The new tax applies in two distinct situations. The first is when a non-UK company has artificially avoided having a taxable presence (permanent establishment) in the UK. The second is when a group has a UK company (or UK permanent establishment of a non-UK company) and there is a tax advantage as a result of an entity or transactions that lack economic substance. There is an exemption from diverted profits tax for small and medium-sized businesses (based on the existing European Union thresholds that apply in UK transfer pricing legislation). Additional exemptions apply to avoidance of UK permanent establishment cases when there are either low UK sales or low UK expenses of the group. It remains to be seen how the diverted profits tax applies in practice, and whether future UK implementation of the permanent establishment and transfer pricing outcomes under the BEPS project (Actions 7-10) renders it less applicable or relevant.
Other UK transfer pricing developments
The UK government recently introduced a measure that relates to restrictions on bareboat charter fees paid by oil and gas companies operating in the North Sea. The new rules cap the tax-deductible amount of intragroup lease payments for drilling rigs and floating accommodation vessels under a bareboat charter (or similar) arrangement. In addition, the cap applies to third-party payments when a composite service is provided under separate contracts, one of which is a bareboat charter agreement. The cap applies from 1 April 2014 and is calculated by reference to the historical capital cost of the asset that is subject to the lease.
To date, there have been very few transfer pricing cases before the UK courts. As a result, any case that provides information on the UK courts' views on the interpretation of transfer pricing legislation is helpful. One such recent case is Abbey National Treasury Services Plc v HMRC [ UKFTT 0341 (TC)] in which the UK's First-tier Tribunal decided in the tax authorities' favour. The case concerned broader points on the taxation of derivatives (and involved a scheme subject to the UK's disclosure regime), but also considered whether the issue of shares between two UK companies in the same group was within the scope of the UK transfer pricing legislation.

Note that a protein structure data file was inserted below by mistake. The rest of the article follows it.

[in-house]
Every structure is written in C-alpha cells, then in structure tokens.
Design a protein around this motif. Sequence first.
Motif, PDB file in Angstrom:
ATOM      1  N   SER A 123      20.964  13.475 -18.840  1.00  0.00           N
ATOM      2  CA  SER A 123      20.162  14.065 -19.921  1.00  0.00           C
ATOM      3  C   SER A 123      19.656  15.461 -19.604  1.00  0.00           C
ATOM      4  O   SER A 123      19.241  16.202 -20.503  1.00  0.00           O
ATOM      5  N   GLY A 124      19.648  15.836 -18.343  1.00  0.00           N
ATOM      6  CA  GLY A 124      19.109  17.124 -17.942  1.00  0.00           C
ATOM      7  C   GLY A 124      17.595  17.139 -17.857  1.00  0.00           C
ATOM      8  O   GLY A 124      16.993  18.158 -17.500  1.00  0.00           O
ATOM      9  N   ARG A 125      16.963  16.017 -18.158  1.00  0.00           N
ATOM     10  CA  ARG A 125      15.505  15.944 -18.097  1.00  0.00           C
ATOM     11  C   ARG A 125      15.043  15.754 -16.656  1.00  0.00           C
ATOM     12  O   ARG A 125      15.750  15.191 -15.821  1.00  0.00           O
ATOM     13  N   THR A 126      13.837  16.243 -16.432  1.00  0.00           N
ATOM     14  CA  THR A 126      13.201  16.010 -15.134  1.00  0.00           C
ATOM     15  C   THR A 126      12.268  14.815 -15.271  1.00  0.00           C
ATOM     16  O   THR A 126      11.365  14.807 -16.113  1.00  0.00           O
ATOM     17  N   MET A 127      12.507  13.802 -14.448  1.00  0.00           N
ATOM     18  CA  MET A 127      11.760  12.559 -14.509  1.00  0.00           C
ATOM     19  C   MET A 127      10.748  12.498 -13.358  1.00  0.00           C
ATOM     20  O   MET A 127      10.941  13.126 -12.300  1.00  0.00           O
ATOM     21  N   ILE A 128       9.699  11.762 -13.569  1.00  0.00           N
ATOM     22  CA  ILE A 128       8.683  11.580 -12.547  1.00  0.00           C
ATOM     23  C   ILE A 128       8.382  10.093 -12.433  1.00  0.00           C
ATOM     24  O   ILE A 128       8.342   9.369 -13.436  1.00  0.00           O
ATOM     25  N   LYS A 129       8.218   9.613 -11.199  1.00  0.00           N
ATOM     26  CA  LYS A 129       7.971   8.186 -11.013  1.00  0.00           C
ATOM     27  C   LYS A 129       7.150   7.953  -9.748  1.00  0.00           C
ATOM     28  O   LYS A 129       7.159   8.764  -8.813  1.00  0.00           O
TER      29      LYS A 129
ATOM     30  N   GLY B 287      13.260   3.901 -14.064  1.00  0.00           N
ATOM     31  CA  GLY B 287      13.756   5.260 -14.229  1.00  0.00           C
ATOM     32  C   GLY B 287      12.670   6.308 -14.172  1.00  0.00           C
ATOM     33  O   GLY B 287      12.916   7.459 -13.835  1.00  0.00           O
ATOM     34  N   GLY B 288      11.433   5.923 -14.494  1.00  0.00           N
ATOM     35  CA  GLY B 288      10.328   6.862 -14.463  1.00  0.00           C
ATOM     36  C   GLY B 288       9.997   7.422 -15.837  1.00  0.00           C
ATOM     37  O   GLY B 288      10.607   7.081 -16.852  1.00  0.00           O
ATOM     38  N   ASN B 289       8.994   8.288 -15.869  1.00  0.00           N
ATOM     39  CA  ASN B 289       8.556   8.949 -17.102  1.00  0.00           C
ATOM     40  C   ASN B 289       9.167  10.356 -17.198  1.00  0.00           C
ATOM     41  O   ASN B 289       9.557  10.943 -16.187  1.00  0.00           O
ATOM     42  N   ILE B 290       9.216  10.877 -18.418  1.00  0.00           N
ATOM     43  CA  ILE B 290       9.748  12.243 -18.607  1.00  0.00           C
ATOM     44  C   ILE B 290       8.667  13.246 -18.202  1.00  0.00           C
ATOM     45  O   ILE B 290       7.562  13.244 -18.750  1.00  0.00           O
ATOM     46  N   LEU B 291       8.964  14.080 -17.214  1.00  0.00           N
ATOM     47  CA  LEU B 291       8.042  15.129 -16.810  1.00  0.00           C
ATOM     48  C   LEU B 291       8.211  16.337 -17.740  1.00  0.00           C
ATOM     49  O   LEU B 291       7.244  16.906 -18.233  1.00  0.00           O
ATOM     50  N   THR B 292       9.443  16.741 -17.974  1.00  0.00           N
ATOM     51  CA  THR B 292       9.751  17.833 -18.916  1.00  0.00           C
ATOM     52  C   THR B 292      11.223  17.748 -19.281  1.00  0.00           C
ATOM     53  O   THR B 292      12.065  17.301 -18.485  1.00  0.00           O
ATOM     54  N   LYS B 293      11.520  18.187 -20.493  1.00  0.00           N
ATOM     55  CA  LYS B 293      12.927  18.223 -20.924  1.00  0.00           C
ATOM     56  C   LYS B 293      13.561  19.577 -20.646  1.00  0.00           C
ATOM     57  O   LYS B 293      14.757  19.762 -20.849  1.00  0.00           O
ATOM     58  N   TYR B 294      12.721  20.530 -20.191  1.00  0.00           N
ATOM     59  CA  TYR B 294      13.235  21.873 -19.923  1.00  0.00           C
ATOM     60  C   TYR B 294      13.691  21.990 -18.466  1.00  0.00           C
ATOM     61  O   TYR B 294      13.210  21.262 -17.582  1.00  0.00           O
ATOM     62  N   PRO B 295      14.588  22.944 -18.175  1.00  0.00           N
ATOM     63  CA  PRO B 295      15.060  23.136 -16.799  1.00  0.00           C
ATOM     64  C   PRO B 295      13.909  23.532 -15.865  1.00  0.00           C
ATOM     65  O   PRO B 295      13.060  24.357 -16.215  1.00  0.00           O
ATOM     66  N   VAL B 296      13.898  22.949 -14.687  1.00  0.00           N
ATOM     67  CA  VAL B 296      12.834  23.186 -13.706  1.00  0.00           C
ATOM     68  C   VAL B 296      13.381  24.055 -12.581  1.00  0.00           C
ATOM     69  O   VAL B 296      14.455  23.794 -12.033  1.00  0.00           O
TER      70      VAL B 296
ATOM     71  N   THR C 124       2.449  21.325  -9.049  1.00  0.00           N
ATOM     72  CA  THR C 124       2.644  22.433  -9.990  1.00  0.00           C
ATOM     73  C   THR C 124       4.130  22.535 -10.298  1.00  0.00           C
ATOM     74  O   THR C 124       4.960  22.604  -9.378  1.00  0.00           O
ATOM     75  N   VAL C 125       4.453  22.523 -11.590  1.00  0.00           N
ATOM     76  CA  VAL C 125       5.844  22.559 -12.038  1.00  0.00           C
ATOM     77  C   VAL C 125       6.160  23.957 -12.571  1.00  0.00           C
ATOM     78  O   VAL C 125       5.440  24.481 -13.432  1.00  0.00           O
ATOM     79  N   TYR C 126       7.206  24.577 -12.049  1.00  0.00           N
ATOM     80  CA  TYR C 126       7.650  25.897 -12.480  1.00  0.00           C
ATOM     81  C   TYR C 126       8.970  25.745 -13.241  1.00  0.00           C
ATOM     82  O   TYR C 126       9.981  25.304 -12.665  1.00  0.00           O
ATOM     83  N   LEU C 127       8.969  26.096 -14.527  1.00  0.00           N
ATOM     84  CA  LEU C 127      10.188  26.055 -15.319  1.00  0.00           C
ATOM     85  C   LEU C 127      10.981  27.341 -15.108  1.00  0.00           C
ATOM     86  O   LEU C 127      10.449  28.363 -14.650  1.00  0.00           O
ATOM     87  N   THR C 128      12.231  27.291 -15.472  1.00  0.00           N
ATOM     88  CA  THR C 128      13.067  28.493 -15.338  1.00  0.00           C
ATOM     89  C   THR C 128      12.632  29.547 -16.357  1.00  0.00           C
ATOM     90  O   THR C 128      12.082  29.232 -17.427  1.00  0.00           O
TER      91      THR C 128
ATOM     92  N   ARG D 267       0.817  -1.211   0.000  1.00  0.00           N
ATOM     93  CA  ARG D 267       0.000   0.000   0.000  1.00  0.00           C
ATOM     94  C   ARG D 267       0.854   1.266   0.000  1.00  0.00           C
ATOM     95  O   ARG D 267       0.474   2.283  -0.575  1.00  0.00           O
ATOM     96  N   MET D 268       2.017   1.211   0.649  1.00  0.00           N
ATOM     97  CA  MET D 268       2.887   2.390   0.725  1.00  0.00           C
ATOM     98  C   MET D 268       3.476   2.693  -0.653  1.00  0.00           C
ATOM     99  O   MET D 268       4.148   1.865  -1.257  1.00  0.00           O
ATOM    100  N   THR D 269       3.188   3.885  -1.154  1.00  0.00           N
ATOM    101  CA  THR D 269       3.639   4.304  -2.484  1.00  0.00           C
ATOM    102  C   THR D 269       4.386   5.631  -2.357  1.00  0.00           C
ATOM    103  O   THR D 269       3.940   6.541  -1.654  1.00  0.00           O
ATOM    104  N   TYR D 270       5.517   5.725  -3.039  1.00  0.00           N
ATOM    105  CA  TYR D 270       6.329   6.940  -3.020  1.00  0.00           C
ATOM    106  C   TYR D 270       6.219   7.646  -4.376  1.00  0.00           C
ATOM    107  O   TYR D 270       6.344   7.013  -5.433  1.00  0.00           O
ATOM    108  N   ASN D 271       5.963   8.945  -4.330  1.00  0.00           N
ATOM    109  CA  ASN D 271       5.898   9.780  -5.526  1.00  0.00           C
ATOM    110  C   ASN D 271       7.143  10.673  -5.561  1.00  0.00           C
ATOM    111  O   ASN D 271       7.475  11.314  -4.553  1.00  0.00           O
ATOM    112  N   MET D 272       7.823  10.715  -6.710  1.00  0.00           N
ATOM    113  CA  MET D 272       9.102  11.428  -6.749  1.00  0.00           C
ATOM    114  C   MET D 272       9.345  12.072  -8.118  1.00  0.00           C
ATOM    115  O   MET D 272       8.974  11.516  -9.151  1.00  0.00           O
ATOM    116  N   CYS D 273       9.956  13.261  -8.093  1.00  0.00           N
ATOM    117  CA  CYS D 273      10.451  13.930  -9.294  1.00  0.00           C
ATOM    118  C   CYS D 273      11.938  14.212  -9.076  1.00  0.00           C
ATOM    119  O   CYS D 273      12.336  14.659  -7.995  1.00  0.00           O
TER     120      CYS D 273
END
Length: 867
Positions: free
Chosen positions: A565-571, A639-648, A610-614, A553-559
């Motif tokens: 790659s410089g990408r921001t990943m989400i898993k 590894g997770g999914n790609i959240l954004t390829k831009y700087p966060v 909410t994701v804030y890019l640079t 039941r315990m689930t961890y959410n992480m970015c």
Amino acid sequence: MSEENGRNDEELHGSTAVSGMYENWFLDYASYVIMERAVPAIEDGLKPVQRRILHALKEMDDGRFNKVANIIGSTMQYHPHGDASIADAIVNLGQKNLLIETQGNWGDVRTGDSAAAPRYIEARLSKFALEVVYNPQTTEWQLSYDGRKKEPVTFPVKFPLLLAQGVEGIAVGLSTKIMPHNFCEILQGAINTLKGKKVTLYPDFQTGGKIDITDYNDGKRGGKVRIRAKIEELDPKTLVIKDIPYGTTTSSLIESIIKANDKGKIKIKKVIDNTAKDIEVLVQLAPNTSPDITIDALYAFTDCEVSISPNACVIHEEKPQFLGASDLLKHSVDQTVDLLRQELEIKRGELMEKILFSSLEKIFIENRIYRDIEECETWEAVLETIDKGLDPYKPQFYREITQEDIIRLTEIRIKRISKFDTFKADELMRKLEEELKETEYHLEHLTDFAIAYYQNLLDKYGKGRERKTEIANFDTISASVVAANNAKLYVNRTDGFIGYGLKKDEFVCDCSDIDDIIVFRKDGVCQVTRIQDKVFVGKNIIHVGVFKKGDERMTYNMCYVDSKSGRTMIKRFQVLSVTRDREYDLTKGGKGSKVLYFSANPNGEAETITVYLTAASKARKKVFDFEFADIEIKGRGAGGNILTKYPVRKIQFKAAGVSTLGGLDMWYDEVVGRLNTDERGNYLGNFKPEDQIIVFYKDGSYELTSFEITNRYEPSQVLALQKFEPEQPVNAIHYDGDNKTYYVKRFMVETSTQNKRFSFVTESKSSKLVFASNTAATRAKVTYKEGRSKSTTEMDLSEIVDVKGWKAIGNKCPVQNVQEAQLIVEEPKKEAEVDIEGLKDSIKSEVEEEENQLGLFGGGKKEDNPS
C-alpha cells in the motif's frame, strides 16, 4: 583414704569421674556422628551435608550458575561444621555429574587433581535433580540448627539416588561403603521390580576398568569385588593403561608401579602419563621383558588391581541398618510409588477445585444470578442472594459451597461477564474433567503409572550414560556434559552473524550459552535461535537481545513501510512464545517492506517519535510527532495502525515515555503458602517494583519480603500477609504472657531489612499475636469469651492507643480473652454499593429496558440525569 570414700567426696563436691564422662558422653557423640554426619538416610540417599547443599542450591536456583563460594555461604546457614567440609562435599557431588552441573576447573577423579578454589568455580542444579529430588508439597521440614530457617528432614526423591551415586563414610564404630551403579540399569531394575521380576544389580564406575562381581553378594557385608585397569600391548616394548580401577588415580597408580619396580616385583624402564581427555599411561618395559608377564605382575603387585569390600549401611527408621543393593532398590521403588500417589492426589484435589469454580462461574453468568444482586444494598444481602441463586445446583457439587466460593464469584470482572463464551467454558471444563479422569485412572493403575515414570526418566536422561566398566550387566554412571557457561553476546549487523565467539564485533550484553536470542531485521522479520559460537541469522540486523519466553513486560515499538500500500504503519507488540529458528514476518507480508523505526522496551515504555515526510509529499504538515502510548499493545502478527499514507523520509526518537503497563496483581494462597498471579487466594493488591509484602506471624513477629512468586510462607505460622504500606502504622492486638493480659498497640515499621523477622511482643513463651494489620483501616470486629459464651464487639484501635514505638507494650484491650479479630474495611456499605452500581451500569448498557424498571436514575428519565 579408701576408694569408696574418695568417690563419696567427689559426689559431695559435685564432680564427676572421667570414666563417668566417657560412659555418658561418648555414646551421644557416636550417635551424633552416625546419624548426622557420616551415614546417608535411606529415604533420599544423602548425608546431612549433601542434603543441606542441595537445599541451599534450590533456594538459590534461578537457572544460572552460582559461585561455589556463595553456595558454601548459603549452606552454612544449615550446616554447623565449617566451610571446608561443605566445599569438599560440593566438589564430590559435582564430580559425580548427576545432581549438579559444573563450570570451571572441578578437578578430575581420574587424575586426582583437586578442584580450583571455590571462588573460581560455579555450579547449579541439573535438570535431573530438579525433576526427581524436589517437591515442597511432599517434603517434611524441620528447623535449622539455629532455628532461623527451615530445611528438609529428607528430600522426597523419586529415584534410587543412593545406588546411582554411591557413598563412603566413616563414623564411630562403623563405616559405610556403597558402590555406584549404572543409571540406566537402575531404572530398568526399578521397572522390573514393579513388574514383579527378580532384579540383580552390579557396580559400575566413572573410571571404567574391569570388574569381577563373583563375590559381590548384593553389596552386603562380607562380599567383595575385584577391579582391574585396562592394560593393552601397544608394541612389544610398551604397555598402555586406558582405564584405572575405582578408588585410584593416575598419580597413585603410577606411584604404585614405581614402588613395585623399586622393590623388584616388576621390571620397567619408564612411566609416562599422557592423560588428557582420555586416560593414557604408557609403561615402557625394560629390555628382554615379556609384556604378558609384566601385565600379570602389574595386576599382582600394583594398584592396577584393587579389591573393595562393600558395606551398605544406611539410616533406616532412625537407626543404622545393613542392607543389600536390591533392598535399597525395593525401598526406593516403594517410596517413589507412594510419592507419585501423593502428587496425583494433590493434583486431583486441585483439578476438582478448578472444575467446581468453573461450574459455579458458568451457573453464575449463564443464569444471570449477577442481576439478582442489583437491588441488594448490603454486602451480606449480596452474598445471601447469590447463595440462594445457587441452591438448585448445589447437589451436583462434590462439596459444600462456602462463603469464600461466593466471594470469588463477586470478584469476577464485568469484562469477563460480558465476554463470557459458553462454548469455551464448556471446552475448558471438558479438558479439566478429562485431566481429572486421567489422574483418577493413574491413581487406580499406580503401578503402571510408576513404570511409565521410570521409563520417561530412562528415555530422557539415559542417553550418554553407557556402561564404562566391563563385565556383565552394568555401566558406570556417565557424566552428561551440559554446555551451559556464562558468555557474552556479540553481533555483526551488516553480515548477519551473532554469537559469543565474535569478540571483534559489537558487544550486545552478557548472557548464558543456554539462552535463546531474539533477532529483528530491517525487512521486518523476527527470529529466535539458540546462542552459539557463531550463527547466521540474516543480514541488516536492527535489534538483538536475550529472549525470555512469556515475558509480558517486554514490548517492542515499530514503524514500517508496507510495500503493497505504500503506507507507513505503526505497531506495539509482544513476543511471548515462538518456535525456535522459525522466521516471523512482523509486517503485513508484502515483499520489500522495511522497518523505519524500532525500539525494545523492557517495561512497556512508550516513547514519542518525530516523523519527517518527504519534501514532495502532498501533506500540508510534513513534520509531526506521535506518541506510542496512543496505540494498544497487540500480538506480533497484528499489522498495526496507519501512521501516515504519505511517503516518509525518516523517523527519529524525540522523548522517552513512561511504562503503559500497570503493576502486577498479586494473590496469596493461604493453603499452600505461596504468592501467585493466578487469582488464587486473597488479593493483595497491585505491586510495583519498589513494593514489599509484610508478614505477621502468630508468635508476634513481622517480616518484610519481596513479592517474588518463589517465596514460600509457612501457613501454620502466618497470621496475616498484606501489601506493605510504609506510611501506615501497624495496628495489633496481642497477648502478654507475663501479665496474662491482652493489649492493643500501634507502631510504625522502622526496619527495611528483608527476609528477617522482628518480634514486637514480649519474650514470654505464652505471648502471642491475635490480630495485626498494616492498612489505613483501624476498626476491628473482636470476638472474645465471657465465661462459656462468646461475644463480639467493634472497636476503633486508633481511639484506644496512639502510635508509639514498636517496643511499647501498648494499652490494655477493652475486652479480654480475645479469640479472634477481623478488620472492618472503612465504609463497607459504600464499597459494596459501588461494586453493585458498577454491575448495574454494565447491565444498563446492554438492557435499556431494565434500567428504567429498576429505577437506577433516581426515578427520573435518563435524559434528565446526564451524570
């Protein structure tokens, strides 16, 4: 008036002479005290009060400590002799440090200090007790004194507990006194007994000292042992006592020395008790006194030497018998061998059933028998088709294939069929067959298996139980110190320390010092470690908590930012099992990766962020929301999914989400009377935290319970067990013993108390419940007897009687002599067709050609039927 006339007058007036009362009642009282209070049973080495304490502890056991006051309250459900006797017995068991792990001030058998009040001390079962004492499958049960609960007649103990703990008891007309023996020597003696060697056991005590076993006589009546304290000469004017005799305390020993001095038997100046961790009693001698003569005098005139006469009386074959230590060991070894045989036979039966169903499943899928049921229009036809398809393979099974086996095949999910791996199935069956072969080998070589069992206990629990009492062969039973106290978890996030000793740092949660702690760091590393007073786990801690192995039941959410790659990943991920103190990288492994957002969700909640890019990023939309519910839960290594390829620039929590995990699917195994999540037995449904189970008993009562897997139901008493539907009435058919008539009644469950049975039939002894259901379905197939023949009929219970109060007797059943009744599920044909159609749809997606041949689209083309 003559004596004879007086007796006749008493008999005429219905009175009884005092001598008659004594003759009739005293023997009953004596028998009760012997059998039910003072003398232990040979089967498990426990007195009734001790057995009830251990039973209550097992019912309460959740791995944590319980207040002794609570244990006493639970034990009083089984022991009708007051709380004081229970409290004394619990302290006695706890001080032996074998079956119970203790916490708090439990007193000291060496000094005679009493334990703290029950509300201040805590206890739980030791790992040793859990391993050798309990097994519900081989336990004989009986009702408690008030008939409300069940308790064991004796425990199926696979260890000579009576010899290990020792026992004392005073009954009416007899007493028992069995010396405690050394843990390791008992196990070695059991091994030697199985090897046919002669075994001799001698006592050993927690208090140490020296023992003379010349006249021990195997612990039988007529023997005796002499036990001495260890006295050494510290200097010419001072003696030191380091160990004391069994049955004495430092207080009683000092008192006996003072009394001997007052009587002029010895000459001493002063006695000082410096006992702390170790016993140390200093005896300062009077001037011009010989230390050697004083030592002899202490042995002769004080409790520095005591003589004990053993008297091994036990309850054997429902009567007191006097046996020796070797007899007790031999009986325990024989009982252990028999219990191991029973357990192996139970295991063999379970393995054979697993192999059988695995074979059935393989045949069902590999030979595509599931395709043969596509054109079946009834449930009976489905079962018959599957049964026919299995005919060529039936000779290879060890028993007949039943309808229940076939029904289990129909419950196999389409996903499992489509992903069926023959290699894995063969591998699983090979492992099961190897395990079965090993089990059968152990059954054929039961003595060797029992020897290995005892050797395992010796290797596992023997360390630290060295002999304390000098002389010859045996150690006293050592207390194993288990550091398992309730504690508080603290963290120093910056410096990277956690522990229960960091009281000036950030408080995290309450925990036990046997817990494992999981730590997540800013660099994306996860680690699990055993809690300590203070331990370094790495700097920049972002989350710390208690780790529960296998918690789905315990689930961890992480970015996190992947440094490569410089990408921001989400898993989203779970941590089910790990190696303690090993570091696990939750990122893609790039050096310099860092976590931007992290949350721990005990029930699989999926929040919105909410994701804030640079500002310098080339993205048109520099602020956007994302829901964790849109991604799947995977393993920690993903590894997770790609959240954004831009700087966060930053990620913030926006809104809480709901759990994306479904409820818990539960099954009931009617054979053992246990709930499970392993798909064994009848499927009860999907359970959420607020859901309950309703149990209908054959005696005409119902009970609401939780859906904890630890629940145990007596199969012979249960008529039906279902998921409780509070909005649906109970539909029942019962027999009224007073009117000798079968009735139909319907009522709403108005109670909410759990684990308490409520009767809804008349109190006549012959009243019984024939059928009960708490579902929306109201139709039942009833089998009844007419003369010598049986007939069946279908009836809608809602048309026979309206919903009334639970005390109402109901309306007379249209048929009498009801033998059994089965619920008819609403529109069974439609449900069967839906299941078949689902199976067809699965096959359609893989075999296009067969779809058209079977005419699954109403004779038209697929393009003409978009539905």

The First-tier Tribunal held that the UK transfer pricing rules applied to the issue of shares in this case. This suggests that other transactions involving shares, or potentially a wide variety of investment instruments, are likely to be considered within the scope of UK transfer pricing legislation. The tribunal accepted that the share issue in this case was not comparable, for pricing purposes, with a bonus issue. The arrangements therefore met the requirements in the OECD's transfer pricing guidelines for recharacterisation of the transactions actually undertaken.
UK transfer pricing legislation and OECD developments
The UK transfer pricing legislation is set out at Part 4 of the Tax (International and Other Provisions) Act 2010. The legislation is framed in a way that explicitly requires interpretation in a manner that "best secures consistency" with Article 9 (Associated Enterprises) of the OECD Model Tax Convention, including the arm's length principle, and also the OECD's transfer pricing guidelines. Reference is to the latest OECD material – currently the 2010 OECD guidelines. Future changes to the OECD guidelines will take effect in UK law following the issuance of a treasury instrument. The next consolidated version of the OECD guidelines is not expected before late 2016 or early 2017, to reflect the outcome of all the changes arising from the transfer pricing work under the BEPS project, and it is anticipated that UK legislation will make reference to this version shortly thereafter.